VW Microbus Successor Scheduled for 2024 American Launch

vw microbus successor scheduled for 2024 american launch

Remember the all-electric Microbus successor Volkswagen was chirping about a few years ago? If you don’t, you can be forgiven. Despite the model receiving loads of press after the automaker acknowledged it would indeed be coming to North America, reports on its progress started becoming incredibly rare by 2019. With trending inside the United States, VW would be an absolute fool not to start offering something trendy to fit the bill and the horribly named I.D. Buzz seems an ideal candidate. However, it feels as though the company has forgotten our market while it preps the model for Europe.

There’s reportedly no reason to worry. Volkswagen has confirmed that the model will be showing up on our shores in 2023 after it’s made a splash across the pond. But there will be a few stipulations.

The Buzz is supposed to show up in Europe in a multitude of styles, including stripped-down commercial variants. However, Volkswagen commercial vehicle chief Carsten Intra recently confirmed with Car & Driver that the van will only show up here as the long-wheelbase variant. While understandable, considering the U.S. and Canadian preference for larger vehicles, not selling commercial models that could be more easily modified into conversion vans feels like a mistake.

Throughout the 1970s and early 1980s, custom vans were all the rage in the United States. Economic uncertainty had convinced many to transform their vehicles into a distinctive mobile living space and there was a sense of needing to hit the road and see what’s out there in the midst of a cultural malaise that set in after America finally came off its post-war high. We seem to be laying the groundwork for a repeat event, with many young adults becoming suddenly interested in the idea of being able to put everything they need into a van so they can relocate at a moment’s notice or temporarily live off the grid when urban life becomes too much.

While this could fizzle out overnight, any manufacturer that fails to jump on the trend (should it take off) will probably regret it. Besides, Volkswagen is in an enviable position of soon being able to furnish an all-electric van in addition to its internal-combustion equivalents. Your author has long hoped the German automaker would sell its Transporter here and believes the lack of a US-spec California camper van is criminal. But the I.D. Buzz (please rename it) will likely work for many who don’t need to get quite so far out into the wilderness as others.

Details on what exactly we’re getting remain scant. Base model vans are supposed to rear-wheel-drive with about 200 horsepower. Though VW does intend on offering an all-wheel-drive version somewhere around 300 hp. We’re mainly concerned with the batter, however, as Volkswagen has run into repeated bad luck with suppliers and produced cars offering less-than-impressive ranges. Fortunately, the Buzz’s flat floor is supposed to make equipping oversized packs quite simple and the automaker has suggested the model’s power pack would come in a few flavors.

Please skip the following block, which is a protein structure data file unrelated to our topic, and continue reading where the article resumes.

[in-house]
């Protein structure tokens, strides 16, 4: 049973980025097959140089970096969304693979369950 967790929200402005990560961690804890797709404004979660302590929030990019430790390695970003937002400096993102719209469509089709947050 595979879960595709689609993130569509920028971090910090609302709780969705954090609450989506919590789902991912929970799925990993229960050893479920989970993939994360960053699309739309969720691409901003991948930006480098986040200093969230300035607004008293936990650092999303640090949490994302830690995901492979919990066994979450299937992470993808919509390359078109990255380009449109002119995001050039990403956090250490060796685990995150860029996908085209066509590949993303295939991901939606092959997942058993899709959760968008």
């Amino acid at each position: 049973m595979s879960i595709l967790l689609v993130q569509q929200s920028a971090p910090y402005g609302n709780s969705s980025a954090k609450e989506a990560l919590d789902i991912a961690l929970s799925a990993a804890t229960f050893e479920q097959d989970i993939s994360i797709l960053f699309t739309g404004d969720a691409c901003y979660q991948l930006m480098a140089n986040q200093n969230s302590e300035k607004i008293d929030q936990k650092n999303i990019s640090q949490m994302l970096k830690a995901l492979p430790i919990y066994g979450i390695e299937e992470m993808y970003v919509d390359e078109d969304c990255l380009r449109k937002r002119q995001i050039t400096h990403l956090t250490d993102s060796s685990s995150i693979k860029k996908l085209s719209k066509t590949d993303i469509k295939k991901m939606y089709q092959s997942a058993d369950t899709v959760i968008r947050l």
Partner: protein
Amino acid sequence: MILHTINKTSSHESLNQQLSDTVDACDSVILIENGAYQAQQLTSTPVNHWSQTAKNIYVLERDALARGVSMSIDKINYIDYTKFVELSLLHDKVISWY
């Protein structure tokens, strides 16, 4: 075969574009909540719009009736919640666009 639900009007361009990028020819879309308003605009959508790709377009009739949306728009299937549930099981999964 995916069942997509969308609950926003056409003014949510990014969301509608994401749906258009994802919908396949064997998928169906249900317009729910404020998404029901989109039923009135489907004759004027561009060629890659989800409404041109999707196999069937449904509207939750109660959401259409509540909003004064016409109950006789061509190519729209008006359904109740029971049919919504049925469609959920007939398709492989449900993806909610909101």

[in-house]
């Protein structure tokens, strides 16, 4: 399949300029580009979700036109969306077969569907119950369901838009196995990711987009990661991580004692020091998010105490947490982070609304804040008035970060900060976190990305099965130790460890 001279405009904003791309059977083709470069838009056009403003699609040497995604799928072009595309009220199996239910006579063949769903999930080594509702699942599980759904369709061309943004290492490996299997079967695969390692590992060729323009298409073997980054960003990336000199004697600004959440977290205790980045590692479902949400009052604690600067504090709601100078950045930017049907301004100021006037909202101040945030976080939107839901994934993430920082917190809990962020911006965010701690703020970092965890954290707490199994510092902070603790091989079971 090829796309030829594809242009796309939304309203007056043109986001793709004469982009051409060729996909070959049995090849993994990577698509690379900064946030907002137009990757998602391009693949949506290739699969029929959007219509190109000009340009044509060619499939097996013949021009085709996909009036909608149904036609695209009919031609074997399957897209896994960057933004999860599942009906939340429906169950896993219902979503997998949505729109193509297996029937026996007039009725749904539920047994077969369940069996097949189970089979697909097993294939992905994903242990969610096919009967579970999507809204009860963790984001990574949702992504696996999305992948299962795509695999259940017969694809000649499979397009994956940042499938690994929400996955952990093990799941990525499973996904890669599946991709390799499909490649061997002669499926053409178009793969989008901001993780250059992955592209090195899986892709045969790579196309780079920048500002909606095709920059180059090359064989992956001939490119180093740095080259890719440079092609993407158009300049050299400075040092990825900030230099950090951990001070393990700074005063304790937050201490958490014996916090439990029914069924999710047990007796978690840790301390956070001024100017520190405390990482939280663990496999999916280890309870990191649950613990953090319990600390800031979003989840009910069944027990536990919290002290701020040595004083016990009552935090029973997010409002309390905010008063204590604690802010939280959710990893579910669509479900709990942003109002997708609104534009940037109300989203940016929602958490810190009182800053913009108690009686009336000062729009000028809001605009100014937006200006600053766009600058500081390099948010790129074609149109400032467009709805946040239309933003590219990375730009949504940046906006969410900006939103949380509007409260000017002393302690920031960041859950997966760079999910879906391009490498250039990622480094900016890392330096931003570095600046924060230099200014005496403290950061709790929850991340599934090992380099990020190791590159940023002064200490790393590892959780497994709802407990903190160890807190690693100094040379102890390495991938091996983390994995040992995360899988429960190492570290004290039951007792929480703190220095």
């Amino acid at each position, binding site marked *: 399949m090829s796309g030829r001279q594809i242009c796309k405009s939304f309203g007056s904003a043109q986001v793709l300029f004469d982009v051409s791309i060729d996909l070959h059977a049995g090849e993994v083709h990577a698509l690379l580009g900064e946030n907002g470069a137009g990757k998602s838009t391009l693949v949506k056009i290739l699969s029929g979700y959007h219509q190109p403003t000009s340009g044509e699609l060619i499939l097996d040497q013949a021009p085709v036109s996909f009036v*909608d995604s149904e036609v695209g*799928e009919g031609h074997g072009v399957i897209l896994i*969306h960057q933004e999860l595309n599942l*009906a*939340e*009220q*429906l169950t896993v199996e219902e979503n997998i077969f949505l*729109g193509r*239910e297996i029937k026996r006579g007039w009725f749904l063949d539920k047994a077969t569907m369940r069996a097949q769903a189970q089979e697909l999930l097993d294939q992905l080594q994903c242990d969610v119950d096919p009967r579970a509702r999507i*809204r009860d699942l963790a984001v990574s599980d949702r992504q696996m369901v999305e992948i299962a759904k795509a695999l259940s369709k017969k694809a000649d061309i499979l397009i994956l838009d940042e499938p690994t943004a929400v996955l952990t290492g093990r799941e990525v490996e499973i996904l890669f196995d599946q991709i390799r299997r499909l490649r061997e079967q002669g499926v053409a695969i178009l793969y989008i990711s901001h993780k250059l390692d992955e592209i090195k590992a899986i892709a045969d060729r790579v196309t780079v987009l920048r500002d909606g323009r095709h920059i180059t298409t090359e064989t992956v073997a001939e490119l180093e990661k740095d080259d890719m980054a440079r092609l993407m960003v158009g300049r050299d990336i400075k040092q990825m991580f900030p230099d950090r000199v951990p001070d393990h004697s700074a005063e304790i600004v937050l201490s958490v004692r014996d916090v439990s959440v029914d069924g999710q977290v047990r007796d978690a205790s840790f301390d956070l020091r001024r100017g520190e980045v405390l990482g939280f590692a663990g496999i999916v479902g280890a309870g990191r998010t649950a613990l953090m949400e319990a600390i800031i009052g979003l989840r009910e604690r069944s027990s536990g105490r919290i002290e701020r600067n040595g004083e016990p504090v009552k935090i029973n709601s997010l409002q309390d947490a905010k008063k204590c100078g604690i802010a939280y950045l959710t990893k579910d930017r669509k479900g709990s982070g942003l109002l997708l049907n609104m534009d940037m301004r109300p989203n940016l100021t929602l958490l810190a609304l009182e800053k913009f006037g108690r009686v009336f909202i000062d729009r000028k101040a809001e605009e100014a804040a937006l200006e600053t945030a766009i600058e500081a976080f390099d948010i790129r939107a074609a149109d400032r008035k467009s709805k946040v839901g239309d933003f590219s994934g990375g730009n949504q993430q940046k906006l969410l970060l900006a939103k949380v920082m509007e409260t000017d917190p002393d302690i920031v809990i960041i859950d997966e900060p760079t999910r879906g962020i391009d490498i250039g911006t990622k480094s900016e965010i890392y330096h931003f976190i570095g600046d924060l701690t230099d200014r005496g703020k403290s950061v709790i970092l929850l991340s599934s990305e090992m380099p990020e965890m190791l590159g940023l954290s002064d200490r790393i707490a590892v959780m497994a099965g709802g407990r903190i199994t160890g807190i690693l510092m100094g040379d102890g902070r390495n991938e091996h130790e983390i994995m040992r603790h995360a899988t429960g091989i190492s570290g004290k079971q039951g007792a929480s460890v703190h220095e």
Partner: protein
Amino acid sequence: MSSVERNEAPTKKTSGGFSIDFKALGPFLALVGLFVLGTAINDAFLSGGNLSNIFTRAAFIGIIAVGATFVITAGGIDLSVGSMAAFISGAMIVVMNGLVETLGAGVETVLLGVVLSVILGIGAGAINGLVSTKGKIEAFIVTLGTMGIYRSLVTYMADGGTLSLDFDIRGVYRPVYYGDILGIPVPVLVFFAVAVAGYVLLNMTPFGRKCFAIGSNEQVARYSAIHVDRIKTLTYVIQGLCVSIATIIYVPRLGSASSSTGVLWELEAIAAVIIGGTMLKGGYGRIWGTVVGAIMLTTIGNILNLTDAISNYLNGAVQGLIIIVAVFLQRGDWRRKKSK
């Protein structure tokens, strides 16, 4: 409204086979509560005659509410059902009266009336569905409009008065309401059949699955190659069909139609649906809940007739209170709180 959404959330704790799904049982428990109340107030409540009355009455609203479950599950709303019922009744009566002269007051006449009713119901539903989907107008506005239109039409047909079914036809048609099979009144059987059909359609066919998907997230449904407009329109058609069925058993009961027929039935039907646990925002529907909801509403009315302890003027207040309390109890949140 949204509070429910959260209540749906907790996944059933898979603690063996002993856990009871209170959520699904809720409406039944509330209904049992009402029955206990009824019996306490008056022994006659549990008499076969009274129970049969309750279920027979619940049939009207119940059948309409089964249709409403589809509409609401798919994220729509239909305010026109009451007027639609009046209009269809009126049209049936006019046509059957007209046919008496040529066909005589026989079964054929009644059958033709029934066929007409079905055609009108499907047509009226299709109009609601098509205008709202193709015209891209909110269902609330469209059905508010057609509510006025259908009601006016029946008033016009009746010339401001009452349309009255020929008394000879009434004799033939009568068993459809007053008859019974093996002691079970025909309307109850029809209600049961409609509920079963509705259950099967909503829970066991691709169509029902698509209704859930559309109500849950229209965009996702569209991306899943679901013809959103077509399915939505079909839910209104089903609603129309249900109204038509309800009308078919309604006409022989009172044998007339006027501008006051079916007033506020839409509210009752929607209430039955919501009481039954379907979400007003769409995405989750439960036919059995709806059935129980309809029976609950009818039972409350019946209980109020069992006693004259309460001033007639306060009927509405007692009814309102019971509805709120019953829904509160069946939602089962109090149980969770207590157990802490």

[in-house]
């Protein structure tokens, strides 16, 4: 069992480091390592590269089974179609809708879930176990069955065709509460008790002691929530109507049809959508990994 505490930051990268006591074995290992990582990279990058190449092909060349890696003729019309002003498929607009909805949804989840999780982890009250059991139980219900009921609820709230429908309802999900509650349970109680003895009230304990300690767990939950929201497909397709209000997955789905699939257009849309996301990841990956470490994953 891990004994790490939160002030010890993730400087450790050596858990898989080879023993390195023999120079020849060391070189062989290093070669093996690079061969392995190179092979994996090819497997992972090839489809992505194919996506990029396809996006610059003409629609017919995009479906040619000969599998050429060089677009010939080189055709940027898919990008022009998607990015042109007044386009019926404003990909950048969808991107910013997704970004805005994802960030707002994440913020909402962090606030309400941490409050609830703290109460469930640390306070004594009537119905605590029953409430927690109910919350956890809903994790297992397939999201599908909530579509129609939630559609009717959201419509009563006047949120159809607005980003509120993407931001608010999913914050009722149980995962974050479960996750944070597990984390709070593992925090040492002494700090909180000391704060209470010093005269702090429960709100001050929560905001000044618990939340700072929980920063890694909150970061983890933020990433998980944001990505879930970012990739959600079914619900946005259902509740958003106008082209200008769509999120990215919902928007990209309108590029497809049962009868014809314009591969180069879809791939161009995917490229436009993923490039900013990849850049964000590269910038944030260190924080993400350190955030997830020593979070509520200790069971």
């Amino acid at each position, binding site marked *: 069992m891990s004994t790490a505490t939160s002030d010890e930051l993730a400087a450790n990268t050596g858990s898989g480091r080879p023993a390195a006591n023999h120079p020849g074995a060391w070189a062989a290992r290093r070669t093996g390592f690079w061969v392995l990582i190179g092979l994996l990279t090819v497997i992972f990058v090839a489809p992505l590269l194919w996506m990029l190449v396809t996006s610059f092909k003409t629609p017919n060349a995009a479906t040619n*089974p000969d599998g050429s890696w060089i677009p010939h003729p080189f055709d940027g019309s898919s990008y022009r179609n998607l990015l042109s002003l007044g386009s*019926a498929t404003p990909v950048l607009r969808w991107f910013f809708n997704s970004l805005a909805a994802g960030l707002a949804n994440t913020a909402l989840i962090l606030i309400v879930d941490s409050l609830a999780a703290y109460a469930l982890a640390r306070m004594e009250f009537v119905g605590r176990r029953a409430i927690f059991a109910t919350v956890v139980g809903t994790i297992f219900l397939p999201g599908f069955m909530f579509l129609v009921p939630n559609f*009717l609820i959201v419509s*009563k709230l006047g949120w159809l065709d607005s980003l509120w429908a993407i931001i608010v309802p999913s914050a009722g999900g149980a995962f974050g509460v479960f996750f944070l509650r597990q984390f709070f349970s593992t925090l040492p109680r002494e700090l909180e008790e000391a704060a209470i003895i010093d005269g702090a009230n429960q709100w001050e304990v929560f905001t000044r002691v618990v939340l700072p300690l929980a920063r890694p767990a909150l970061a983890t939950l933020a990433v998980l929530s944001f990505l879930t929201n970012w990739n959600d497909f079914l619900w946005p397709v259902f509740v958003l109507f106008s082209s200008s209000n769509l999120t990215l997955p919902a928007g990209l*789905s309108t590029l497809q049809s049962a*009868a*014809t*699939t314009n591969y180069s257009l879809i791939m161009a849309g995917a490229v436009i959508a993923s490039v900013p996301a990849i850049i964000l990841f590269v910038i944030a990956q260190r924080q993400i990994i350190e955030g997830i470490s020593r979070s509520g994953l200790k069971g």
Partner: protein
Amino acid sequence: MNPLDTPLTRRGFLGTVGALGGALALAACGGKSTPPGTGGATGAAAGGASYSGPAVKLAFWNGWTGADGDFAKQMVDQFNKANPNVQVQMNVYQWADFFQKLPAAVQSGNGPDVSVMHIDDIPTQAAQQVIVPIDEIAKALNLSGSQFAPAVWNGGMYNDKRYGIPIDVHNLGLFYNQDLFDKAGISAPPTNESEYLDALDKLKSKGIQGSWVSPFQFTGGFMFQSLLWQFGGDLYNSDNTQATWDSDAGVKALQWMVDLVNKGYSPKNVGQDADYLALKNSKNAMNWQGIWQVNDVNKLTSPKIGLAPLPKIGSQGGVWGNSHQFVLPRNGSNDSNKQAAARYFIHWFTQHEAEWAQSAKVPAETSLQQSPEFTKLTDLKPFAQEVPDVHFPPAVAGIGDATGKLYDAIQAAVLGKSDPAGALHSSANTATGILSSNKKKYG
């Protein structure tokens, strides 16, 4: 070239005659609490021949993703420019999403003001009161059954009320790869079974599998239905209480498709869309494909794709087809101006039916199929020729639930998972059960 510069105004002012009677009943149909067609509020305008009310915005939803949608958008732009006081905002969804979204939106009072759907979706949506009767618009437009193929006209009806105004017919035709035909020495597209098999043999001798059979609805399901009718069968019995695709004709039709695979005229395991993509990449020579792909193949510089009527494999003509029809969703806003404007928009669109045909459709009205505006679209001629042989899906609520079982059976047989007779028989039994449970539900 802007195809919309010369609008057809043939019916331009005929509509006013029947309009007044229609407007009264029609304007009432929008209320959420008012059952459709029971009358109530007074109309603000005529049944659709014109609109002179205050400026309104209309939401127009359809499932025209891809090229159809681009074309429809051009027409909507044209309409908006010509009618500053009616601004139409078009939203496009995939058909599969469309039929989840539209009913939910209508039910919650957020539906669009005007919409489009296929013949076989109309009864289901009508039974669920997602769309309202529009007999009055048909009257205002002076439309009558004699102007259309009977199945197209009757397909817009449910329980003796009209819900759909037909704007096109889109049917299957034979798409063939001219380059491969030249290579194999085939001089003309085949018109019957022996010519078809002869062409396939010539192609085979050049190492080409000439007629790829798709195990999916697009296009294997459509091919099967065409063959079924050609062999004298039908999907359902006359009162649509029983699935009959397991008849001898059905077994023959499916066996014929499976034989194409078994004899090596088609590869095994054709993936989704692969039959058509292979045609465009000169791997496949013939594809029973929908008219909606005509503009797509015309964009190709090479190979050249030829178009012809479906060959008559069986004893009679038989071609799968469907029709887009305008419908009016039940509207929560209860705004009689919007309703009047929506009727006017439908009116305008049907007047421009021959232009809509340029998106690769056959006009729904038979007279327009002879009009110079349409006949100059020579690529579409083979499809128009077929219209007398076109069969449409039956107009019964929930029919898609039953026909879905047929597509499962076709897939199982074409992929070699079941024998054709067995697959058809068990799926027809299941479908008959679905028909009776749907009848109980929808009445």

Expect not to hear much more on the van’s progress for the rest of 2021 and then an explosion of information ahead of its 2022 launch in Europe.

[Images: Volkswagen]

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  • FreedMike Back in the '70s, the one thing keeping consumers from buying more Datsuns was styling - these guys were bringing over some of the ugliest product imaginable. Remember the F10? As hard as I try to blot that rolling aberration from my memory, it comes back. So the name change to Nissan made sense, and happened right as they started bringing over good-looking product (like the Maxima that will be featured in this series). They made a pretty clean break.
  • Flowerplough Liability - Autonomous vehicles must be programmed to make life-ending decisions, and who wants to risk that? Hit the moose or dive into the steep grassy ditch? Ram the sudden pile up that is occurring mere feet in front of the bumper or scan the oncoming lane and swing left? Ram the rogue machine that suddenly swung into my lane, head on, or hop up onto the sidewalk and maybe bump a pedestrian? With no driver involved, Ford/Volkswagen or GM or whomever will bear full responsibility and, in America, be ambulance-chaser sued into bankruptcy and extinction in well under a decade. Or maybe the yuge corporations will get special, good-faith, immunity laws, nation-wide? Yeah, that's the ticket.
  • FreedMike It's not that consumers wouldn't want this tech in theory - I think they would. Honestly, the idea of a car that can take over the truly tedious driving stuff that drives me bonkers - like sitting in traffic - appeals to me. But there's no way I'd put my property and my life in the hands of tech that's clearly not ready for prime time, and neither would the majority of other drivers. If they want this tech to sell, they need to get it right.
  • TitaniumZ Of course they are starting to "sour" on the idea. That's what happens when cars start to drive better than people. Humanpilots mostly suck and make bad decisions.
  • Inside Looking Out Why not buy Bronco and call it Defender? Who will notice?
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